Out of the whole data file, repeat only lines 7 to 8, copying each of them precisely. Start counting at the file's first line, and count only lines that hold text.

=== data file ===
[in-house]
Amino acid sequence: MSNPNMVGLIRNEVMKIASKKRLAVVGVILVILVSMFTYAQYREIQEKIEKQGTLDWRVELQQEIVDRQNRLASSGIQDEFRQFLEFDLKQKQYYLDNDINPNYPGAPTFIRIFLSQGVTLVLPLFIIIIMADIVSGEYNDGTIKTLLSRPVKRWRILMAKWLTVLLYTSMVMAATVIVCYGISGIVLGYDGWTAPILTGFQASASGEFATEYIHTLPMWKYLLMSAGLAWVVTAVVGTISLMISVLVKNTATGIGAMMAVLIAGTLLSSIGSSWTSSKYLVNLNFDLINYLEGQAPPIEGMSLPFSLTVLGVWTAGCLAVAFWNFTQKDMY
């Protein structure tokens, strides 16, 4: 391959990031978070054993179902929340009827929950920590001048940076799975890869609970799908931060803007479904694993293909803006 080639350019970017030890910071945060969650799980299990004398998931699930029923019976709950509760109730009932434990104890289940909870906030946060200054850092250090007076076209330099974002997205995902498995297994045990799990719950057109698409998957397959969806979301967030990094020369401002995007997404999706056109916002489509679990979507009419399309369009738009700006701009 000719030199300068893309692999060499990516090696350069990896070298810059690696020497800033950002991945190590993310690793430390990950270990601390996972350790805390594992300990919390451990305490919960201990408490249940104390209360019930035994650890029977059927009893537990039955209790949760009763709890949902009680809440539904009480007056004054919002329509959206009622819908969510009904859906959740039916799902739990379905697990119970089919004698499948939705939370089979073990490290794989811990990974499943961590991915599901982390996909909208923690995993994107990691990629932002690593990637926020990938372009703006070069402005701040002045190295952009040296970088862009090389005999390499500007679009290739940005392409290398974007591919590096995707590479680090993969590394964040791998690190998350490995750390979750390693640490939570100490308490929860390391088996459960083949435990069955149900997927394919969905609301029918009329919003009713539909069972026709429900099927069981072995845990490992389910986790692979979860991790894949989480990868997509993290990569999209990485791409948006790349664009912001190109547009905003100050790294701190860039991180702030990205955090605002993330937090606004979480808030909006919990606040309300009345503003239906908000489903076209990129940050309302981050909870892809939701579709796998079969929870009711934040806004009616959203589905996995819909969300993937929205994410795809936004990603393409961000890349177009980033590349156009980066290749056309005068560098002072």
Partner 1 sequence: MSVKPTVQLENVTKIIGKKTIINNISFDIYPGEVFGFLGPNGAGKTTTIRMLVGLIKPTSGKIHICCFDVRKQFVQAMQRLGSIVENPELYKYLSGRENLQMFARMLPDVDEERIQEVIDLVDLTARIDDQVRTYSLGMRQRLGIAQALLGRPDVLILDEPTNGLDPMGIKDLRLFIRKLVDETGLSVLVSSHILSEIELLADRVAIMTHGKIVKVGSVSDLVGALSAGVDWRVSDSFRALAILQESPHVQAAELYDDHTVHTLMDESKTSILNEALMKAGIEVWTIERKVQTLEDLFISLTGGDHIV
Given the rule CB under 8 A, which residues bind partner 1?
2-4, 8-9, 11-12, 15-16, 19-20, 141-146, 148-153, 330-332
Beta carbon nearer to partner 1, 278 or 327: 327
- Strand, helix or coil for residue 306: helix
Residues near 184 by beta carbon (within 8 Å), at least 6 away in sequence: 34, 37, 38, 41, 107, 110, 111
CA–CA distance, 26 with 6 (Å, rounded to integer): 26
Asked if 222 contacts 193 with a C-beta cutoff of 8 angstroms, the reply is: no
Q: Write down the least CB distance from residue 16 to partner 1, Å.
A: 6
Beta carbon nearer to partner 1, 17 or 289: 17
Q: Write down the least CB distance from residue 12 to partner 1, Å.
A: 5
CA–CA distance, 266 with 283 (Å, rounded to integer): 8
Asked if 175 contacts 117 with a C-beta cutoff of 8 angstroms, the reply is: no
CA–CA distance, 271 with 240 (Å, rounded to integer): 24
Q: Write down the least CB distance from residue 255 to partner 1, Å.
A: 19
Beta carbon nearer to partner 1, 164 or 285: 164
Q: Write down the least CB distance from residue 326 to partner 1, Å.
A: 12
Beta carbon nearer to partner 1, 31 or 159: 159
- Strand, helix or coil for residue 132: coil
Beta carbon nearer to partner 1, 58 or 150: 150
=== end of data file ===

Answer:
Beta carbon nearer to partner 1, 278 or 327: 327
- Strand, helix or coil for residue 306: helix